Hi everyone and this week once again I am saddened by the death of several showbiz stars. Several old Hollywood and British names have passed away in the last few weeks but I will refrain from mentioning most of them to avoid giving the Grim Reaper credit for his recent work.

I will mention two high-profile British names who have gone to wherever we go. Cilla Black had a rags to riches life story and enjoyed 50 years of record and television stardom. I am told she was worth over £15 million at the time of her death and was certainly a household name. Cilla had that so-called 'common touch' that endeared her to a generation and always had time for her fans. She was part of that 1960s Liverpool heyday but survived to become a Saturday night television star for over two decades.

However, fate has a habit of charging a price for success and in recent years Cilla suffered severe hearing loss and chronic health problems. It ended her career but her party lifestyle continued until the end. A big thank you to Cilla for bringing so much joy to people over several decades.

Then we learned of the great George Cole's death but again with sadness but no regrets as he had enjoyed a wonderful career.

Off screen George was a modest man and certainly not showbiz as he politely declined my invites to attend studio events saying that he was simply uncomfortable at such occasions. He even turned down an Elstree celebration plaque saying he simply did not deserve it. I wonder if he got those feelings from his 'honorary' dad, the legendary Alistair Sim. That great actor once refused to give me his autograph in a most polite manner, declaring he was simply an actor and it embarrassed him.

George told me he made a couple of films at Elstree Studios in the early 1950s, including Laughter in Paradise, plus a couple of television appearances here and even a Hammer horror movie called The Vampire Lovers. I met him when he came to the studio to record a television commercial about a camera with a famous photographer whose name I have forgotten. I think it was the first thing to shoot at Elstree when Brent Walker took over in 1988.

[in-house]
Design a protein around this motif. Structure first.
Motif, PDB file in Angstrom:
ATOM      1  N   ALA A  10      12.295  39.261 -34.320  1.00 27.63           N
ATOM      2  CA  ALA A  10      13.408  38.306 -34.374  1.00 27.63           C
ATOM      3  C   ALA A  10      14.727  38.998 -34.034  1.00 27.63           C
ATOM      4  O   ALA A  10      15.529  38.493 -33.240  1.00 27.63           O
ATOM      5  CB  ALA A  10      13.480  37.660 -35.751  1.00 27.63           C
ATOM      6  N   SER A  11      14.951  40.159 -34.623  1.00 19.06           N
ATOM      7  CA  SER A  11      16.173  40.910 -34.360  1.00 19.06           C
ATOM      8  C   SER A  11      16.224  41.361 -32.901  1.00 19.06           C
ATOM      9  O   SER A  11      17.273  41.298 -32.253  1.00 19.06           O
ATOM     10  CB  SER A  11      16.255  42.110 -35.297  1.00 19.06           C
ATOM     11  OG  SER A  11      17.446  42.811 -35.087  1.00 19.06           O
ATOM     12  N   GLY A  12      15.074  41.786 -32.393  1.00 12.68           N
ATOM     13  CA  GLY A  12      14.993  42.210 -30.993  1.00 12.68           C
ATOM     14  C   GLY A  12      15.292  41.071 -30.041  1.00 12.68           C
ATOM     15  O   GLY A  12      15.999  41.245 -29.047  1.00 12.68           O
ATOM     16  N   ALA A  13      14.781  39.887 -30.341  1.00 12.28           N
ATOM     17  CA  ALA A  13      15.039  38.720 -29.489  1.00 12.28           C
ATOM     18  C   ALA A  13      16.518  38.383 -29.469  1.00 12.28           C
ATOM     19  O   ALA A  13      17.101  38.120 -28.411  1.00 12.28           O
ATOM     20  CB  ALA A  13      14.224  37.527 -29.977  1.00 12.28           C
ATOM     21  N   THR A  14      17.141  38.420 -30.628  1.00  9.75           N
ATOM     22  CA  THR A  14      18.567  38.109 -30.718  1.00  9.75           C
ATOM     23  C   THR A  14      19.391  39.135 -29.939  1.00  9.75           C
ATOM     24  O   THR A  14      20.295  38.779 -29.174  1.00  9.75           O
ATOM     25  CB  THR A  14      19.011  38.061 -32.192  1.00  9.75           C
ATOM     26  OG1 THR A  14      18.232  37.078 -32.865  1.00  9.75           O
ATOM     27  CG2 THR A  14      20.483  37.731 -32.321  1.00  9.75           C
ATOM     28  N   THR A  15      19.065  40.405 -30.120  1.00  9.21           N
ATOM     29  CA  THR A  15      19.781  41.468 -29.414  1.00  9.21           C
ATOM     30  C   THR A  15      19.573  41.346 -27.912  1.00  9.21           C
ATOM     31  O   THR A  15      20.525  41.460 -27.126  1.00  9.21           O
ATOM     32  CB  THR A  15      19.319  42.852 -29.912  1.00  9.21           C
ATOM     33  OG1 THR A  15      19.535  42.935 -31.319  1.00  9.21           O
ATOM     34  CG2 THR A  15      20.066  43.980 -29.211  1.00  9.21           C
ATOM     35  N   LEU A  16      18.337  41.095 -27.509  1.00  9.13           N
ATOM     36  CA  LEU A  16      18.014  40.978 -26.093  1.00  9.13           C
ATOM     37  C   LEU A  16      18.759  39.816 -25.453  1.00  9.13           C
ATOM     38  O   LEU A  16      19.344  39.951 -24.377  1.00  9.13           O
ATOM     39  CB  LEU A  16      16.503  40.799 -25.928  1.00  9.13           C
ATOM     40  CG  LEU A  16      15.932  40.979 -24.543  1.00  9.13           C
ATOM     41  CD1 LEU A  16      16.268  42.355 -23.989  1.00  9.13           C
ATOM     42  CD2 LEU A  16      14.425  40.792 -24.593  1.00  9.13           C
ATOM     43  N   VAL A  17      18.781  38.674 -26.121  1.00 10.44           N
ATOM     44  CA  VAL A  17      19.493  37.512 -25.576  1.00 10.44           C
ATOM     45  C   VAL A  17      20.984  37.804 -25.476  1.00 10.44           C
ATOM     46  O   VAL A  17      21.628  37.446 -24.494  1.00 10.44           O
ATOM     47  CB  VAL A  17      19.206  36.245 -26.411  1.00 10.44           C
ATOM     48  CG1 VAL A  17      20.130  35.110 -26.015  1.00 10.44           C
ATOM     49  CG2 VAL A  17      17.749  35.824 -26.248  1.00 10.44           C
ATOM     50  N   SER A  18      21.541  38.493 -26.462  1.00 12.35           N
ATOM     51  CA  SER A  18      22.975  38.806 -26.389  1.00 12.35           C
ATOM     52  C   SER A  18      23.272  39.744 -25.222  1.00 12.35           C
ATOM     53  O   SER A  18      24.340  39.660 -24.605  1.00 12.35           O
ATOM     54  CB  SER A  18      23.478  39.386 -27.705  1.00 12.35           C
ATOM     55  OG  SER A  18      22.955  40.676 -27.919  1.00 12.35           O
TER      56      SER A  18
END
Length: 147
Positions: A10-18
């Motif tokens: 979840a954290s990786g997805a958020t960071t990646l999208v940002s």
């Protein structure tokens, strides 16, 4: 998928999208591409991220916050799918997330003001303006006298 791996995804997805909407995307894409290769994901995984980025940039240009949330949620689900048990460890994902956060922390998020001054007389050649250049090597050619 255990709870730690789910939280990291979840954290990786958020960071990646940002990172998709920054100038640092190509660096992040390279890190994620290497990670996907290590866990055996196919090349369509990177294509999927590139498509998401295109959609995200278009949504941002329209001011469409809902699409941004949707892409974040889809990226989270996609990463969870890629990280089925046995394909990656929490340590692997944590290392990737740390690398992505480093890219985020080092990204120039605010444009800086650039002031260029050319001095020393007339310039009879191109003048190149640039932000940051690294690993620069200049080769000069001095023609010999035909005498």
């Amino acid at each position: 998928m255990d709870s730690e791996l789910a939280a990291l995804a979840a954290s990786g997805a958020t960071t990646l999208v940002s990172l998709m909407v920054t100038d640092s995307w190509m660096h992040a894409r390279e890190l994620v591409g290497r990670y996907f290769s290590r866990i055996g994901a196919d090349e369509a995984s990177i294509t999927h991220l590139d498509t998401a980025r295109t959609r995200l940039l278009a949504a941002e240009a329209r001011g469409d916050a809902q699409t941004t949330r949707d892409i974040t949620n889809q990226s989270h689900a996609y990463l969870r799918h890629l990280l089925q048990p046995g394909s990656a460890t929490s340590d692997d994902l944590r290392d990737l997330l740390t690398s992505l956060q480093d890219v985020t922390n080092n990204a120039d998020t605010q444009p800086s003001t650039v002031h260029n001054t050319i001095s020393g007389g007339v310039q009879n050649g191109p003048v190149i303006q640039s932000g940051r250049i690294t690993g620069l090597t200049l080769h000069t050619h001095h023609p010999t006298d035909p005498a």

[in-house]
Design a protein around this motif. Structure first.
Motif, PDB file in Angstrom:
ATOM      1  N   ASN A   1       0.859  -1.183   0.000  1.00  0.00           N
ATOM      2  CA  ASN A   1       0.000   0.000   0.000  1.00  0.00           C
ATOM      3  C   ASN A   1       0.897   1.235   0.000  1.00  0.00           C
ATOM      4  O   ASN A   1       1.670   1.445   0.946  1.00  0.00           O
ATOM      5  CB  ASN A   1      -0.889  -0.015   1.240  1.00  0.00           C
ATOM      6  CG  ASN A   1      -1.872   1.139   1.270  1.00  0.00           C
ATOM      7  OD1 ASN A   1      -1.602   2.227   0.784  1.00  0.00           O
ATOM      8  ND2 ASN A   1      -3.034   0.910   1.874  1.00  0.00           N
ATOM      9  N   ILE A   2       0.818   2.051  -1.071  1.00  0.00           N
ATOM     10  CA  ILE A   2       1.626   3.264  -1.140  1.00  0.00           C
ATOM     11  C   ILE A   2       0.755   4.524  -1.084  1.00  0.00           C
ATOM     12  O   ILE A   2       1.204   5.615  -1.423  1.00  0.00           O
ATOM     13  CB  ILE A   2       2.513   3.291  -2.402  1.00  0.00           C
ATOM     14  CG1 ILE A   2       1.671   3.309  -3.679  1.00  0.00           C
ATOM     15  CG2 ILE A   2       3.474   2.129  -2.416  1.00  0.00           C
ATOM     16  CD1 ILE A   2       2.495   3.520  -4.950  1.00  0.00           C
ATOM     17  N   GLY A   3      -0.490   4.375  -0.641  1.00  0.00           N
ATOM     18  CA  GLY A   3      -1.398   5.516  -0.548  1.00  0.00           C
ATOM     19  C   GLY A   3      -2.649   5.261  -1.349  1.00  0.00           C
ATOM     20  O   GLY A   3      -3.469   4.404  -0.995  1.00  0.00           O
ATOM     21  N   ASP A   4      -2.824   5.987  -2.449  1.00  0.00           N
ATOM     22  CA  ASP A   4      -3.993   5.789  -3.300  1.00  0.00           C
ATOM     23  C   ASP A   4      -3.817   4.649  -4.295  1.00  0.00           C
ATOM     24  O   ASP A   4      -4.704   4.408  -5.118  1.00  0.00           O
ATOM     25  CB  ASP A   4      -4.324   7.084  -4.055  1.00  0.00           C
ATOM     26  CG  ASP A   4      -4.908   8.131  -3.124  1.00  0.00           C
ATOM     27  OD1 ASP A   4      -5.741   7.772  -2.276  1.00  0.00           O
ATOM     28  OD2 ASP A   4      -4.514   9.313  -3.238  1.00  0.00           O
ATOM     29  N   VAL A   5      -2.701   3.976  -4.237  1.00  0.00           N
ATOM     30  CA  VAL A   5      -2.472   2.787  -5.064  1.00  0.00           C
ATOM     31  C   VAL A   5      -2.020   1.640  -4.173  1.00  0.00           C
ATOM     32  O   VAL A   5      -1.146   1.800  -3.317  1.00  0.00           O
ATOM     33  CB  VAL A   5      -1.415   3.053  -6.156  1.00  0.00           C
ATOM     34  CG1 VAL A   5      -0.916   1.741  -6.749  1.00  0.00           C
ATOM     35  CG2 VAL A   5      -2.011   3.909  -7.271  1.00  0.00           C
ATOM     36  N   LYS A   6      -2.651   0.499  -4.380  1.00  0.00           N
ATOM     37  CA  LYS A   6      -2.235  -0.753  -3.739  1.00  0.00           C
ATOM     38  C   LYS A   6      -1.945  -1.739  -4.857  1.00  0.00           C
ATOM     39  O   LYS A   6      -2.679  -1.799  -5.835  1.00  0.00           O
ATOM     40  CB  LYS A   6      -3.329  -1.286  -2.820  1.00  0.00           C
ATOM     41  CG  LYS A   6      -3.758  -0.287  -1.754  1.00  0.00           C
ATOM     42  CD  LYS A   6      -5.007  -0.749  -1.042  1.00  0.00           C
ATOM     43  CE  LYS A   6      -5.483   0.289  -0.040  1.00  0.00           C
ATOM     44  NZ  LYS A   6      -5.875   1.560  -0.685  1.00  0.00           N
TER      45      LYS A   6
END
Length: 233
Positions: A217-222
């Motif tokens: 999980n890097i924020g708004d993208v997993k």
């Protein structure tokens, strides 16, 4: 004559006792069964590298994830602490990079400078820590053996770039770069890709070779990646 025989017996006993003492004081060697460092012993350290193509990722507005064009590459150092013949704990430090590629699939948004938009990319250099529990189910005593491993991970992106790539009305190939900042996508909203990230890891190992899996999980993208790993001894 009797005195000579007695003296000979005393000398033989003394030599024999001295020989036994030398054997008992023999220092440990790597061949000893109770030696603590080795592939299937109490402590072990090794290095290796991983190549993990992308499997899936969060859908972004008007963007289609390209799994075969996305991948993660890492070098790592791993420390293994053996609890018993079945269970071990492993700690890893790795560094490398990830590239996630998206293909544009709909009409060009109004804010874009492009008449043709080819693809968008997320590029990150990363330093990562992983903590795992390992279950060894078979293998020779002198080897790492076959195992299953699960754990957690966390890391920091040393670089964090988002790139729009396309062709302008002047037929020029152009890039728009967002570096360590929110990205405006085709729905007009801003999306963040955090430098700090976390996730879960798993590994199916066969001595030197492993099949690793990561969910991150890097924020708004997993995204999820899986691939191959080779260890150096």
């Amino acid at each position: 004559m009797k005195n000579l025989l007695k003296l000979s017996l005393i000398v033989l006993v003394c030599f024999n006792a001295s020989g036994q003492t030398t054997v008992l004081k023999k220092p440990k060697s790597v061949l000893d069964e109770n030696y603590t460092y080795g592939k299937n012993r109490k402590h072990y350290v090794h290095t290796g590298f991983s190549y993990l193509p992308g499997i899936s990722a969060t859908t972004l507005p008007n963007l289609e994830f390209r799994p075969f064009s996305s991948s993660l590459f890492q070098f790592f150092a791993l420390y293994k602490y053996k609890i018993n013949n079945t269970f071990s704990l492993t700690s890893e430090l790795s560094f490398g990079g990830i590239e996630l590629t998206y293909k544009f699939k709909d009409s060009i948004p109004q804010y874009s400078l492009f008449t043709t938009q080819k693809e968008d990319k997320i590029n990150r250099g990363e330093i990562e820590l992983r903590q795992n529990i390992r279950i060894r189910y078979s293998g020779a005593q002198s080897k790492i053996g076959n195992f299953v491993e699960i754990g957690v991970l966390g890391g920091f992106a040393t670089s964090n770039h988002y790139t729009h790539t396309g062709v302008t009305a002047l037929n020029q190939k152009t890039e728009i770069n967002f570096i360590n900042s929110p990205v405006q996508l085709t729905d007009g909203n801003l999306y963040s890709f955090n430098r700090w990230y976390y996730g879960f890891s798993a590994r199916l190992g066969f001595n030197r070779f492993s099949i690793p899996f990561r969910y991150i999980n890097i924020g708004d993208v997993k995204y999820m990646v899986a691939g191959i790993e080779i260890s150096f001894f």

The public may not be aware but for decades the national media have kept obituaries up to date for all leading names. They simply leave the opening and closing paragraphs or video clear so they can rapidly update any last details. Alas this does not work for local newspapers so my obituary rests in the future hands of somebody who has never heard of me and can be condensed into a few columns. I wonder if I could write it myself just to get the facts correct.

In essence, there is a sort of 'death watch' on famous names. We are all guilty of forgetting about the passage of time, especially with film stars of yesteryear. We are now losing stars of the 1950s and 1960s, although to us old timers that seems only yesterday. To think the great Kirk Douglas is just one year off being one hundred years old! Not that far behind him are Sir Roger Moore at 88, the real James Bond Sean Connery at 85 and Sir Michael Caine at a mere 83.

I enjoyed the pleasure of meeting all those guys and in the case of Roger hosting a plaque unveiling in his presence at Elstree Studios nine years ago.

Finally, I was sad to hear that the 80-year-old Barnet Odeon cinema had closed but delighted that another company will refurbish and reopen it in the autumn. I never quite understand why the business plan of one company decides to close something whilst another is willing to invest greatly in the same building but that heavens for it. I first went to the Odeon in 1960 as a special treat I think to see Ben Hur, but forgive me if my memory slips after 55 years. Take care and see you next week.